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Acta Neurochir (Wien). 2005 Oct;147(10):1019-26; discussion 1026. Epub 2005 Aug 12.

Microvascular decompression for primary hemifacial spasm. Importance of intraoperative neurophysiological monitoring.

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  • 1Department of Neurosurgery, Hopital Neurologique, University of Lyon, Lyon, France.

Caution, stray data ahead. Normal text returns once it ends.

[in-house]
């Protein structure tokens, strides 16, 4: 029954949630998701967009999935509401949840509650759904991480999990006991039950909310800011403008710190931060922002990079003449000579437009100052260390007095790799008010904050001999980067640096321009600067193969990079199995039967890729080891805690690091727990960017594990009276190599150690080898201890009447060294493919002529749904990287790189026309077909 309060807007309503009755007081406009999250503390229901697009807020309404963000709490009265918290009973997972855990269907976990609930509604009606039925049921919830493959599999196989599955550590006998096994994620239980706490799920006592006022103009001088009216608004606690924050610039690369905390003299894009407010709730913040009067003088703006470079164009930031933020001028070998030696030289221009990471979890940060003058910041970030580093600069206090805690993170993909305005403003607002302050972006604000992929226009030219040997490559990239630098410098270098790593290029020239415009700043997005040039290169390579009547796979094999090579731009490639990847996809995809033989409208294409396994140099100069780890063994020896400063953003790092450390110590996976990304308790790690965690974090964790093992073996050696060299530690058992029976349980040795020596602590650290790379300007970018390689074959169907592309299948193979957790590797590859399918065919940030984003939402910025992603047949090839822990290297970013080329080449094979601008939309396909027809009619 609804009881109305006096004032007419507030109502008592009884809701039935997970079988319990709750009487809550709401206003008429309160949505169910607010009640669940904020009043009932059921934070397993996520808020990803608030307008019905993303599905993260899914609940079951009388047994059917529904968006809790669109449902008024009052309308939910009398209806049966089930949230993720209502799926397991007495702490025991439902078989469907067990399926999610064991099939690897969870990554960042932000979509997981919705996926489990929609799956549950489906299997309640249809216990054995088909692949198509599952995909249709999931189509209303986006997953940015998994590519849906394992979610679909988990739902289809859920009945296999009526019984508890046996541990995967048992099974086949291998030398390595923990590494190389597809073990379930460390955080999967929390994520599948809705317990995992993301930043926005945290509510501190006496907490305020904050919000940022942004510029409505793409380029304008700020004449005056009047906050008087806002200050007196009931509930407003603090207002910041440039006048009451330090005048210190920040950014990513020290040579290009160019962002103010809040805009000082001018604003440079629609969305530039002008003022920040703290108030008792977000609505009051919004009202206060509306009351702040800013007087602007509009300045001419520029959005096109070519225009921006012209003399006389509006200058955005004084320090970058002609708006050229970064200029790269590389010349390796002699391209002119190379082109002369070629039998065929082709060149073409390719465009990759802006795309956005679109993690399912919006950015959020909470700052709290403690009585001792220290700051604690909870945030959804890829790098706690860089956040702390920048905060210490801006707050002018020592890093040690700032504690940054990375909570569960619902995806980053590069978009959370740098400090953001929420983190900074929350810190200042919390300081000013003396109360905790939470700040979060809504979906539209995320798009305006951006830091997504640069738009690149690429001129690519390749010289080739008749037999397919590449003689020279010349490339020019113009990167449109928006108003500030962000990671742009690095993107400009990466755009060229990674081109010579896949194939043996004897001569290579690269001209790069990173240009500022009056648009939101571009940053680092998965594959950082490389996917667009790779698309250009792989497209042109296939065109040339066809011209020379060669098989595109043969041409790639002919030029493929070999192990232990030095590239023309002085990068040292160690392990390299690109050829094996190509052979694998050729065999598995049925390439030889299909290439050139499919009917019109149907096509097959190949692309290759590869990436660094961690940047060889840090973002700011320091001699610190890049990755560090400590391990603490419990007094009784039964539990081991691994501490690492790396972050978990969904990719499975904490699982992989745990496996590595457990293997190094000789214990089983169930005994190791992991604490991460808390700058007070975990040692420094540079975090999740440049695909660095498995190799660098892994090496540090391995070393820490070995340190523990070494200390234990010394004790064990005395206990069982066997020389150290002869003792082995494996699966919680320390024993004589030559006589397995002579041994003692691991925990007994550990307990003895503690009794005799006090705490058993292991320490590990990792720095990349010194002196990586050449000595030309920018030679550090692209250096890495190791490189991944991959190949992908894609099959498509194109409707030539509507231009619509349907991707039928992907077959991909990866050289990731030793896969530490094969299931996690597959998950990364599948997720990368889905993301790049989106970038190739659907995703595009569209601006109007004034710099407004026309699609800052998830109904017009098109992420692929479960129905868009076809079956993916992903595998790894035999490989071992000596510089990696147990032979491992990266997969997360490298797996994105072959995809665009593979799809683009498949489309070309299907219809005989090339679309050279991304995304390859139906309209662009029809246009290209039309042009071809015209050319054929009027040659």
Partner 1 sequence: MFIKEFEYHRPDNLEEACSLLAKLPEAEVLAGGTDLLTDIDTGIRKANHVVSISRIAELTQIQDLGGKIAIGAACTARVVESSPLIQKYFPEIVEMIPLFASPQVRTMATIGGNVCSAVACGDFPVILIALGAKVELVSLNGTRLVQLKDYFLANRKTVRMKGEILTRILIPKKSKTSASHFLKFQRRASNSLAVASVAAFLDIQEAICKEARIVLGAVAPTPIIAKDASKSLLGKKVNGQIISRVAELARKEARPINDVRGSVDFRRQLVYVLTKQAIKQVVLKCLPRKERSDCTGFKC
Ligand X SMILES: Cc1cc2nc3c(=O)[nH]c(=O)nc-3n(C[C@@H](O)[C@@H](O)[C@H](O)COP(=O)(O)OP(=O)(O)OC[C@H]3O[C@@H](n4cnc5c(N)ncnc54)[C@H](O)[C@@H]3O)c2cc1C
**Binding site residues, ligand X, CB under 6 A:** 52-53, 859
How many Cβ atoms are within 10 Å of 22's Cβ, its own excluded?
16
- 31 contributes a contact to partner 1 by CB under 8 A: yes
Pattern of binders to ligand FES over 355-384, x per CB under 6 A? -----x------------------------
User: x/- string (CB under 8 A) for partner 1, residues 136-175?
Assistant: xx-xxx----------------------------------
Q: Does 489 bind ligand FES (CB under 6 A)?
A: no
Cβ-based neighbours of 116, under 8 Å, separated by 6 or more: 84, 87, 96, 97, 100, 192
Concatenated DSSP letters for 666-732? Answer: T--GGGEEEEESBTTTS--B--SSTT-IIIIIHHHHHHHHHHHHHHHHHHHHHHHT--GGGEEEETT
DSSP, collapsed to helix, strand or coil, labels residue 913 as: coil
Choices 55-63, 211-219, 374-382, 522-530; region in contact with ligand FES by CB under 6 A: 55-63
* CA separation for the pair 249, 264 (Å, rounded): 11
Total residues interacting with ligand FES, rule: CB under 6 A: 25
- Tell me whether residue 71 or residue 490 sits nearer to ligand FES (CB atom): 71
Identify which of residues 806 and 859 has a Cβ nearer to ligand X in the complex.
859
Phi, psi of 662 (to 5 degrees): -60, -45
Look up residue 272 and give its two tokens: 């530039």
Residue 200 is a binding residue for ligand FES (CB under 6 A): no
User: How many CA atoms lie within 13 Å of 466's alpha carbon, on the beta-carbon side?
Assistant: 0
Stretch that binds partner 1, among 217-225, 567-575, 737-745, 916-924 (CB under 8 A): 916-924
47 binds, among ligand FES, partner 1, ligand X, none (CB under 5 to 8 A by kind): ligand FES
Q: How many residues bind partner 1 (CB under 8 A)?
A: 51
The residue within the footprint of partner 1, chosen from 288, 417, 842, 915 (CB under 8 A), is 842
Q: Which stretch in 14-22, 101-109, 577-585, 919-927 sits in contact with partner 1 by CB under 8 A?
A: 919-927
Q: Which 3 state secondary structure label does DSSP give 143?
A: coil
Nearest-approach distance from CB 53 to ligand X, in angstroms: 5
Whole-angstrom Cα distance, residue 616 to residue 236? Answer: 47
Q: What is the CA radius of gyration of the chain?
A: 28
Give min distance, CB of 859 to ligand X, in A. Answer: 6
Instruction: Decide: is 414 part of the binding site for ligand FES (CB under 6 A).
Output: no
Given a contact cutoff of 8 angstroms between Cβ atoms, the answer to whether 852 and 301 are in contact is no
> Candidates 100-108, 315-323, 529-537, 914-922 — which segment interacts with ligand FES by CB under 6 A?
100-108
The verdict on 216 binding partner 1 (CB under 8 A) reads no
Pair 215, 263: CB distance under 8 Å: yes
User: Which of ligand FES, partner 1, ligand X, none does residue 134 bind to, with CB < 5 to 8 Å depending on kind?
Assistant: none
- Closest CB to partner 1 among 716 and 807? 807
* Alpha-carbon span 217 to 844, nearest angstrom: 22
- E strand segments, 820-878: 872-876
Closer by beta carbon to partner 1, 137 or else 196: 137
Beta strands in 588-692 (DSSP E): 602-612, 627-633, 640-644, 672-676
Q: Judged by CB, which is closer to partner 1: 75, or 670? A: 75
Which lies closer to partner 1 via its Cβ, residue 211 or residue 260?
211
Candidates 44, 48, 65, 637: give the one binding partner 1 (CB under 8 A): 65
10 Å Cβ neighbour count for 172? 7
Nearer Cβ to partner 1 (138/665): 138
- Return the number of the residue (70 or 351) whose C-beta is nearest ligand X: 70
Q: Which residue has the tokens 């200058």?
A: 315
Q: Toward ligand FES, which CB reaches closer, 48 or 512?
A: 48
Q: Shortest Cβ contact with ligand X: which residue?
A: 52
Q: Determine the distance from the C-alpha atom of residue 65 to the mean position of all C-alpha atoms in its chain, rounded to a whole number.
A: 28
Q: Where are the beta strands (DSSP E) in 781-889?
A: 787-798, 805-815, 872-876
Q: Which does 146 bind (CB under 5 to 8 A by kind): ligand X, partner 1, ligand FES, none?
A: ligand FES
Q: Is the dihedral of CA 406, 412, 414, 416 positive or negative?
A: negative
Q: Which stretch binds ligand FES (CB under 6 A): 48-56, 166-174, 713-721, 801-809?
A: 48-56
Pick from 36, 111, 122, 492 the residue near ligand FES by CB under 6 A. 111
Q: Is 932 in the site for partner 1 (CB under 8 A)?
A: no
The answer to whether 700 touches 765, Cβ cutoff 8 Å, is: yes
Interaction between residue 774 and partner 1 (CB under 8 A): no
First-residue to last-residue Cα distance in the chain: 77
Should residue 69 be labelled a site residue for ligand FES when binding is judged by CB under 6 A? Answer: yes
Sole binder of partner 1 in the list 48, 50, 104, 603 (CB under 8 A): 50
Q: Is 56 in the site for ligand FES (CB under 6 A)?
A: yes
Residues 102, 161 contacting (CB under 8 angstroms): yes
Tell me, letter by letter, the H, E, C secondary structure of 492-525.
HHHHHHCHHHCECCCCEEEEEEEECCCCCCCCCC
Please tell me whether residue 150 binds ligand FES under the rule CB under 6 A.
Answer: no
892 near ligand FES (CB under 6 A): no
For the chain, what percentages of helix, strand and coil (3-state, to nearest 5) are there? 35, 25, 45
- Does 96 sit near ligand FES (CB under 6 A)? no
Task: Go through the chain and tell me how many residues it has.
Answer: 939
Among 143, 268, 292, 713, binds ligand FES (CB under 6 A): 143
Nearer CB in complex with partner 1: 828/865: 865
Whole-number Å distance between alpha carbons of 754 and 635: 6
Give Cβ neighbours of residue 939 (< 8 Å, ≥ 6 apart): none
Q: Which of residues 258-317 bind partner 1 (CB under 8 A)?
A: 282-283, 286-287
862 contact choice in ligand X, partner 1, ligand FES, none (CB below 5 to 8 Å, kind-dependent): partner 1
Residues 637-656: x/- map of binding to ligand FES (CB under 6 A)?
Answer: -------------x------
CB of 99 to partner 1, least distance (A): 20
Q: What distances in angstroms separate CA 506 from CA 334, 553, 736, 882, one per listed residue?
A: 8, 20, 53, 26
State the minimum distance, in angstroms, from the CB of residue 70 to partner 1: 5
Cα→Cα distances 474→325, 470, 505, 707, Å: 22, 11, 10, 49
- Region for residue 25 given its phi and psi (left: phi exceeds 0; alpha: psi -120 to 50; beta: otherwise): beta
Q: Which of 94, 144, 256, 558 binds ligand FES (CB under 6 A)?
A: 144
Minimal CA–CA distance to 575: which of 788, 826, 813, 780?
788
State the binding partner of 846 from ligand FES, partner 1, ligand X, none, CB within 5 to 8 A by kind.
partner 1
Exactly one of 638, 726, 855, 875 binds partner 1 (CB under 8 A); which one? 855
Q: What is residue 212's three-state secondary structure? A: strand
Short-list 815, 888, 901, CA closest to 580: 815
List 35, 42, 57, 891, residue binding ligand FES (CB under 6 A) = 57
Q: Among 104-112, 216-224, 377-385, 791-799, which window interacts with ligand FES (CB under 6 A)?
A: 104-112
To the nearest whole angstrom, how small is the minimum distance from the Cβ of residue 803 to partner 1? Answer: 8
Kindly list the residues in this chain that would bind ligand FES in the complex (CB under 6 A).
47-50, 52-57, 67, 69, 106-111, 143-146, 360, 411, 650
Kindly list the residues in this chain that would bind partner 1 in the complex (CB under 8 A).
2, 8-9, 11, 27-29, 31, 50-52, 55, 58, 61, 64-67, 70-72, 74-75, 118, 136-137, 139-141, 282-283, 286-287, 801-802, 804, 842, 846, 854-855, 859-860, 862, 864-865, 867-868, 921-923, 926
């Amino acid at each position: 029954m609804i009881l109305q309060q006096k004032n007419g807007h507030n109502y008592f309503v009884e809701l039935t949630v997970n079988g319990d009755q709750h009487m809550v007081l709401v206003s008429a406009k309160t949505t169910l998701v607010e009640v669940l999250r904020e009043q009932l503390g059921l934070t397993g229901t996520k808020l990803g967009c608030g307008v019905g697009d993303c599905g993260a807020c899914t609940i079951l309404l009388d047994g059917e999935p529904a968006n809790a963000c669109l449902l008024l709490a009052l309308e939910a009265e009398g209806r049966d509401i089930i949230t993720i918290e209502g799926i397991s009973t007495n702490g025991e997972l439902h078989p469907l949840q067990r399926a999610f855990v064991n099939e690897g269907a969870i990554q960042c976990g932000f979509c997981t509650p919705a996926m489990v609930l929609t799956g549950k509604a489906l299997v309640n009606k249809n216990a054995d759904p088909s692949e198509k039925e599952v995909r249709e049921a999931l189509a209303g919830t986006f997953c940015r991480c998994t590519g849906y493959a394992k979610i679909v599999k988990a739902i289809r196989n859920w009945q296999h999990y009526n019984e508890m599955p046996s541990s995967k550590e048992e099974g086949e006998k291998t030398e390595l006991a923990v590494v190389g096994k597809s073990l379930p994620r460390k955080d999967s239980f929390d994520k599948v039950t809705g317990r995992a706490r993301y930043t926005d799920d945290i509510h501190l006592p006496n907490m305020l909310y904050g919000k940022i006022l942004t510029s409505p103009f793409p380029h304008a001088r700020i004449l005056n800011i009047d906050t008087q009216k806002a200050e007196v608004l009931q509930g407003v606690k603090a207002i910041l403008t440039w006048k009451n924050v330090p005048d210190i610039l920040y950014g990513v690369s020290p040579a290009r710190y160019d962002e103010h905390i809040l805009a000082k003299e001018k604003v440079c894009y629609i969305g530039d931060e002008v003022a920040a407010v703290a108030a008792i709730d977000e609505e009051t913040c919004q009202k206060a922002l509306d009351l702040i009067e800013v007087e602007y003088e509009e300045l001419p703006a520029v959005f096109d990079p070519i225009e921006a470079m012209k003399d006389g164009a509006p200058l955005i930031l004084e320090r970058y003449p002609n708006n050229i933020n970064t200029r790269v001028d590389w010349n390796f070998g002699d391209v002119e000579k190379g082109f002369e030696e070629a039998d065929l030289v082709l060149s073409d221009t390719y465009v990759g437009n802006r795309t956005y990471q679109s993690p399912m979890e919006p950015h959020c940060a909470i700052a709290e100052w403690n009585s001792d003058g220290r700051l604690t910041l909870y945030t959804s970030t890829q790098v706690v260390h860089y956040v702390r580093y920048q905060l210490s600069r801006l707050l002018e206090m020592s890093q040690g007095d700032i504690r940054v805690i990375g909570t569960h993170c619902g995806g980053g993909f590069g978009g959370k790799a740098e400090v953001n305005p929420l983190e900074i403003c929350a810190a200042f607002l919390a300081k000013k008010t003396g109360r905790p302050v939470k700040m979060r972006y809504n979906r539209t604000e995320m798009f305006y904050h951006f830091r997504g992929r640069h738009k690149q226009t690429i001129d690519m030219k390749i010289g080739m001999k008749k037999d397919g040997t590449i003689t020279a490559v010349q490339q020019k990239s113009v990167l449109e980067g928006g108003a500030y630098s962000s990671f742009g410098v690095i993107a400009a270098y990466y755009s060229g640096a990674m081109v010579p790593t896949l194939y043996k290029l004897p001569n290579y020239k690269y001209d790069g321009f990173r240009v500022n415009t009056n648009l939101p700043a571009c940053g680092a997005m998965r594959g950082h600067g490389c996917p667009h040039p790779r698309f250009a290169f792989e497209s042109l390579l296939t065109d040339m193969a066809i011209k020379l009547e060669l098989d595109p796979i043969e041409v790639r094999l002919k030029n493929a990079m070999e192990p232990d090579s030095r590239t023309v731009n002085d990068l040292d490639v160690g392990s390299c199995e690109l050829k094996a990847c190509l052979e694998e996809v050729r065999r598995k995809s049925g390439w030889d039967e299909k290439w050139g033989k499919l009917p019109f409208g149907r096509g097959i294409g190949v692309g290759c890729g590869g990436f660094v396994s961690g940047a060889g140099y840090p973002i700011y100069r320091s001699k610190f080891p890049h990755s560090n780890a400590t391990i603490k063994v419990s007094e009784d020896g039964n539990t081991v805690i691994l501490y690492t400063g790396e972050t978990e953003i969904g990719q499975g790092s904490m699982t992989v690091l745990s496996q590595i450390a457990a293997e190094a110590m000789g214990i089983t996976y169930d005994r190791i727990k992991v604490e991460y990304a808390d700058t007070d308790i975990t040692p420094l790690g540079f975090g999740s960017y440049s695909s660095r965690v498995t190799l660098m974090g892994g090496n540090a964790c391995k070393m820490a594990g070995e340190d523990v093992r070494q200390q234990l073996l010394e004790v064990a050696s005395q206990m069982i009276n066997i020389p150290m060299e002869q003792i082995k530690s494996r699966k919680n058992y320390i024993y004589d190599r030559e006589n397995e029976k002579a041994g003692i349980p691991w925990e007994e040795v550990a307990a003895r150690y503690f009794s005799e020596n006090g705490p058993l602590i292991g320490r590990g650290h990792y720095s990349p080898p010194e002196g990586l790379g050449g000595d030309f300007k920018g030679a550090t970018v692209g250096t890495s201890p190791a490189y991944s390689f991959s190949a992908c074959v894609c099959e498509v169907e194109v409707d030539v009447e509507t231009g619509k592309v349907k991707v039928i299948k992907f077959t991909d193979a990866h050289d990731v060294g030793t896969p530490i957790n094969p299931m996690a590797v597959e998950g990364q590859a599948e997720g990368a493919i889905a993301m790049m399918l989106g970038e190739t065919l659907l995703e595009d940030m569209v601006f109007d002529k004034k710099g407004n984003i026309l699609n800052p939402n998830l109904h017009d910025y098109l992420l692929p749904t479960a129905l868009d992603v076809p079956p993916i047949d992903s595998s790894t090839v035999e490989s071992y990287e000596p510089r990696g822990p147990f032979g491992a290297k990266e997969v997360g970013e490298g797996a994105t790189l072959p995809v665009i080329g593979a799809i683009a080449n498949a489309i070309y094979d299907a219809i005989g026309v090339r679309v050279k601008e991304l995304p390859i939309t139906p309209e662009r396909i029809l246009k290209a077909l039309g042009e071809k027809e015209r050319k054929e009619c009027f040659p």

There is considerable evidence that primary Hemi-Facial Spasm (HFS) is in almost all cases related to a vascular compression of the facial nerve at its Root Exit Zone (REZ) from brainstem, and that Micro-Vascular Decompression (MVD) constitutes its curative treatment. Clinical as well as electrophysiological features plead for mechanisms of the disease in structural lesions at the neural fibers (putatively: focal demyelination at origin of ephapses) and functional changes in the nuclear cells (hyperactivity of the facial nucleus). Lateral Spread Responses (LSRs) elicited by stimulation of the facial nerve branches testify of these electrophysiological perturbations. Monitoring LSRs during surgery is feasible; however the practical value of their intraoperative disappearance as control-test of an effective decompression remains controversial.MVD allows cure of the disease in most cases. Because the VIIIth nerve is at risk during surgery, intraoperative monitoring of Brainstem Auditory Evoked Potentials (BEAPs) is of value to reduce occurrence of hearing loss. Increase in latency of Peak V and decrease in amplitude of Peak I are warning-signals of an excessive stretching of the the cochlear nerve and impairment of the cochlear vascular supply, respectively.

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